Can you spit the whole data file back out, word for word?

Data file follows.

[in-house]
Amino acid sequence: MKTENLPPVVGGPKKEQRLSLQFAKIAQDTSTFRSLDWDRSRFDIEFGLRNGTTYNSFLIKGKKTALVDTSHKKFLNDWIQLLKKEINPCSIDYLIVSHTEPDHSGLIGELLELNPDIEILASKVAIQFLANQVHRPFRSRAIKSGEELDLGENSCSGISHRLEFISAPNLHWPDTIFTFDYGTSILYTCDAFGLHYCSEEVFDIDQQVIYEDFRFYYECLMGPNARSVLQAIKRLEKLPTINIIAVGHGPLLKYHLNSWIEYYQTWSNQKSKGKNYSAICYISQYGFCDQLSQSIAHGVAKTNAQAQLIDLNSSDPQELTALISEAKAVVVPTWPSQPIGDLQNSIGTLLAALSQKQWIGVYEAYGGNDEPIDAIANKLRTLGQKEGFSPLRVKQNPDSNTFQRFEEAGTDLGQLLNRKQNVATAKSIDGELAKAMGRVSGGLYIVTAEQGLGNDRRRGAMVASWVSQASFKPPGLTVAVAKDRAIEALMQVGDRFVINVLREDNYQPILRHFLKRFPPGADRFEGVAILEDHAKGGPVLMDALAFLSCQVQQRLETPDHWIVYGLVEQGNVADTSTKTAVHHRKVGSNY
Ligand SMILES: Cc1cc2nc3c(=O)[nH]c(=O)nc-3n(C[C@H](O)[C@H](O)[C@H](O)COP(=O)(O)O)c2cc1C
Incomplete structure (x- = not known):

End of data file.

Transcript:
[in-house]
Amino acid sequence: MKTENLPPVVGGPKKEQRLSLQFAKIAQDTSTFRSLDWDRSRFDIEFGLRNGTTYNSFLIKGKKTALVDTSHKKFLNDWIQLLKKEINPCSIDYLIVSHTEPDHSGLIGELLELNPDIEILASKVAIQFLANQVHRPFRSRAIKSGEELDLGENSCSGISHRLEFISAPNLHWPDTIFTFDYGTSILYTCDAFGLHYCSEEVFDIDQQVIYEDFRFYYECLMGPNARSVLQAIKRLEKLPTINIIAVGHGPLLKYHLNSWIEYYQTWSNQKSKGKNYSAICYISQYGFCDQLSQSIAHGVAKTNAQAQLIDLNSSDPQELTALISEAKAVVVPTWPSQPIGDLQNSIGTLLAALSQKQWIGVYEAYGGNDEPIDAIANKLRTLGQKEGFSPLRVKQNPDSNTFQRFEEAGTDLGQLLNRKQNVATAKSIDGELAKAMGRVSGGLYIVTAEQGLGNDRRRGAMVASWVSQASFKPPGLTVAVAKDRAIEALMQVGDRFVINVLREDNYQPILRHFLKRFPPGADRFEGVAILEDHAKGGPVLMDALAFLSCQVQQRLETPDHWIVYGLVEQGNVADTSTKTAVHHRKVGSNY
Ligand SMILES: Cc1cc2nc3c(=O)[nH]c(=O)nc-3n(C[C@H](O)[C@H](O)[C@H](O)COP(=O)(O)O)c2cc1C
Incomplete structure (x- = not known):